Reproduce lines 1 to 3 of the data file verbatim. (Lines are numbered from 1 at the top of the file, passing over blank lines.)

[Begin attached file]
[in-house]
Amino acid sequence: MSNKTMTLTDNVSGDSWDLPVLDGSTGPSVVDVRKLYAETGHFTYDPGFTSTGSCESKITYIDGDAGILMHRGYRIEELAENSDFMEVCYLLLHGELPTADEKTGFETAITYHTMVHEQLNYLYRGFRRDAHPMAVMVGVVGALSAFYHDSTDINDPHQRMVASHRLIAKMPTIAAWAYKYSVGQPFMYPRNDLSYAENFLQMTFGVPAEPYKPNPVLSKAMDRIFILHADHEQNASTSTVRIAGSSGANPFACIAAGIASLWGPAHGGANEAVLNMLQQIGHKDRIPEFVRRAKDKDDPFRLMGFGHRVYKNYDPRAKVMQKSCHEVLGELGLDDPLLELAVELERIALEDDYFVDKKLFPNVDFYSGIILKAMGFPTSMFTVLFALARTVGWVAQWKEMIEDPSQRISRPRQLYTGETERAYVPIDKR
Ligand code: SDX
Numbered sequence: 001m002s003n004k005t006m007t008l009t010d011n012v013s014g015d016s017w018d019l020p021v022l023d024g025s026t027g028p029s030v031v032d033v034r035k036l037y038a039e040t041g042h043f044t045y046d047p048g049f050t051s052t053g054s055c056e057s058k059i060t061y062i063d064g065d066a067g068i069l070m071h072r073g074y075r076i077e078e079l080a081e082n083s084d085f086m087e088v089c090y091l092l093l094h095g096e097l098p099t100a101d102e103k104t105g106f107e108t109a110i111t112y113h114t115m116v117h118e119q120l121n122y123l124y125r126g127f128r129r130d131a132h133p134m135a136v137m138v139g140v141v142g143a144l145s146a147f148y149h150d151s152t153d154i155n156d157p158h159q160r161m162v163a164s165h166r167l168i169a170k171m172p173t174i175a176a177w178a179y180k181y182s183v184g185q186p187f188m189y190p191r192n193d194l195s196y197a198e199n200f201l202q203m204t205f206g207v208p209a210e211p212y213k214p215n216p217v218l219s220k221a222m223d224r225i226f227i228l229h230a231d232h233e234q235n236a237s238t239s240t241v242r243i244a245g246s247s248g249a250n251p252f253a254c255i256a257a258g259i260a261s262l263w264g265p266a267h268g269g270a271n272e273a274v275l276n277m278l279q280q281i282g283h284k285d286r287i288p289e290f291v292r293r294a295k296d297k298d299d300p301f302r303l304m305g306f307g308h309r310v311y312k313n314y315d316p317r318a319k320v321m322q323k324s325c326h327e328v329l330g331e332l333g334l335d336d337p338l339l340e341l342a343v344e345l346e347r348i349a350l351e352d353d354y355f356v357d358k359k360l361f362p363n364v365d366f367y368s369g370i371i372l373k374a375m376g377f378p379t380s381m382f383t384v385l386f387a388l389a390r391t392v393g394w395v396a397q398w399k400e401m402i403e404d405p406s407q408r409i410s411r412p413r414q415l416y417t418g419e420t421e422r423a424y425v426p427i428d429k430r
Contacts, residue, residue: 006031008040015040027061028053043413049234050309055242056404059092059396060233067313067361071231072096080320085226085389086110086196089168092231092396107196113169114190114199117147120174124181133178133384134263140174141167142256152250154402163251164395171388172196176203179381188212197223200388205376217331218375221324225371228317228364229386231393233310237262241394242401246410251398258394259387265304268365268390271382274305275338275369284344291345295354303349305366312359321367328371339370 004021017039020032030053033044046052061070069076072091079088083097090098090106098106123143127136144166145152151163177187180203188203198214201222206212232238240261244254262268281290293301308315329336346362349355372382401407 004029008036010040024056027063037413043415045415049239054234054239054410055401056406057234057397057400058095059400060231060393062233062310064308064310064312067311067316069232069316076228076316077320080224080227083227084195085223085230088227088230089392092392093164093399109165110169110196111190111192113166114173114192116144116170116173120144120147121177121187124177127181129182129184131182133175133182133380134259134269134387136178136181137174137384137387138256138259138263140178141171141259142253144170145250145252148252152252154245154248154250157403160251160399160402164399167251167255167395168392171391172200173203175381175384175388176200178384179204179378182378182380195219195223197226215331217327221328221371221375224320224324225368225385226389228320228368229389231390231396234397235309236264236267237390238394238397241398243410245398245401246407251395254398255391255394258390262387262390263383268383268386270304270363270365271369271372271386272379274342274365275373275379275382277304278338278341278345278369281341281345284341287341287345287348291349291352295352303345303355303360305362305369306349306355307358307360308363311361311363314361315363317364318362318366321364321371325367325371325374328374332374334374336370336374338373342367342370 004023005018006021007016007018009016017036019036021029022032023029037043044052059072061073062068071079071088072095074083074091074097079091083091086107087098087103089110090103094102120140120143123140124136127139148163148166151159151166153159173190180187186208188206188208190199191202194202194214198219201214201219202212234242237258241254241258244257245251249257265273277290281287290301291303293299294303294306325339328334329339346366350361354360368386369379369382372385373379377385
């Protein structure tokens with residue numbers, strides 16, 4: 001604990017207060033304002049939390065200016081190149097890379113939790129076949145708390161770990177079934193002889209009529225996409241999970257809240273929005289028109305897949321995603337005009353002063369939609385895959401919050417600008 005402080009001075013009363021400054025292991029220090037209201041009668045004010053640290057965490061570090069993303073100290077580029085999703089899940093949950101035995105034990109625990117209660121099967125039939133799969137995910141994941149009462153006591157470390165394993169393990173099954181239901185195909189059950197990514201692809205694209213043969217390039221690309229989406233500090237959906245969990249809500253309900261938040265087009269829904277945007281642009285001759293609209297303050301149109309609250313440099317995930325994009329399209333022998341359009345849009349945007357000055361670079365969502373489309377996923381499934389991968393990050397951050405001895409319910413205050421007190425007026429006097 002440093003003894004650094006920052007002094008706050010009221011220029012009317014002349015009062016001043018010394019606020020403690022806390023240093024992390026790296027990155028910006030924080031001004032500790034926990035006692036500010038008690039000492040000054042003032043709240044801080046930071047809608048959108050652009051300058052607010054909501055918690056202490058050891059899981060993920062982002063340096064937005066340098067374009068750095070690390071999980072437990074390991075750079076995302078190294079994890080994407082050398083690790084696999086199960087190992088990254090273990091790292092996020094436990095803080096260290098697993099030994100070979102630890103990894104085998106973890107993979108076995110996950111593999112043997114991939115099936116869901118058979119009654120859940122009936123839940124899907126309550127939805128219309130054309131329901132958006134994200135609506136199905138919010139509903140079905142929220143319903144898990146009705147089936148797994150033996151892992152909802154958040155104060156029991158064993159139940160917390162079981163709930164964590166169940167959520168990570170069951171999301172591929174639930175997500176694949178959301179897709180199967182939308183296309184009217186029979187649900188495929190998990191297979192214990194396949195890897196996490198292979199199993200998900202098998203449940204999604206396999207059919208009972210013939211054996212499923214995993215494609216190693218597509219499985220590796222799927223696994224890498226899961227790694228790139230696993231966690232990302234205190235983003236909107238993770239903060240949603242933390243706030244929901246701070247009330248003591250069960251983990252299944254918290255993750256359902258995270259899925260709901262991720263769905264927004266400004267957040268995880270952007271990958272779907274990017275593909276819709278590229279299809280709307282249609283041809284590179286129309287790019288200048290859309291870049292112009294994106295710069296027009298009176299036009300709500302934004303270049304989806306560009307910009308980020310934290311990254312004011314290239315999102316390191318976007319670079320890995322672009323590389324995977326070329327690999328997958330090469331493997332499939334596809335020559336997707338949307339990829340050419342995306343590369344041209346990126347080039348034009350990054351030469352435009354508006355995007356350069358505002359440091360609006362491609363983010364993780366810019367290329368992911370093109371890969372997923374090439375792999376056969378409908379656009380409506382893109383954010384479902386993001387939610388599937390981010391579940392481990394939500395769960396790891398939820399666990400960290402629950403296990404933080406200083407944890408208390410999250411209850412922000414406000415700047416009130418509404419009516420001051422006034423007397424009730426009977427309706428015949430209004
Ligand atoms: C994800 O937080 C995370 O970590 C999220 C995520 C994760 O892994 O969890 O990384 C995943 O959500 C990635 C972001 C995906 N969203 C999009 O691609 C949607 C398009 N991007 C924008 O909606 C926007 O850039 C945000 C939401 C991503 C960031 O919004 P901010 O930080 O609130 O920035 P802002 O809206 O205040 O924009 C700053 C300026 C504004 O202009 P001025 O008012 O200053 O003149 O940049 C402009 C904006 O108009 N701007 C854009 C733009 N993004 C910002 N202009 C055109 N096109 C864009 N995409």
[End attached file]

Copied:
[in-house]
Amino acid sequence: MSNKTMTLTDNVSGDSWDLPVLDGSTGPSVVDVRKLYAETGHFTYDPGFTSTGSCESKITYIDGDAGILMHRGYRIEELAENSDFMEVCYLLLHGELPTADEKTGFETAITYHTMVHEQLNYLYRGFRRDAHPMAVMVGVVGALSAFYHDSTDINDPHQRMVASHRLIAKMPTIAAWAYKYSVGQPFMYPRNDLSYAENFLQMTFGVPAEPYKPNPVLSKAMDRIFILHADHEQNASTSTVRIAGSSGANPFACIAAGIASLWGPAHGGANEAVLNMLQQIGHKDRIPEFVRRAKDKDDPFRLMGFGHRVYKNYDPRAKVMQKSCHEVLGELGLDDPLLELAVELERIALEDDYFVDKKLFPNVDFYSGIILKAMGFPTSMFTVLFALARTVGWVAQWKEMIEDPSQRISRPRQLYTGETERAYVPIDKR
Ligand code: SDX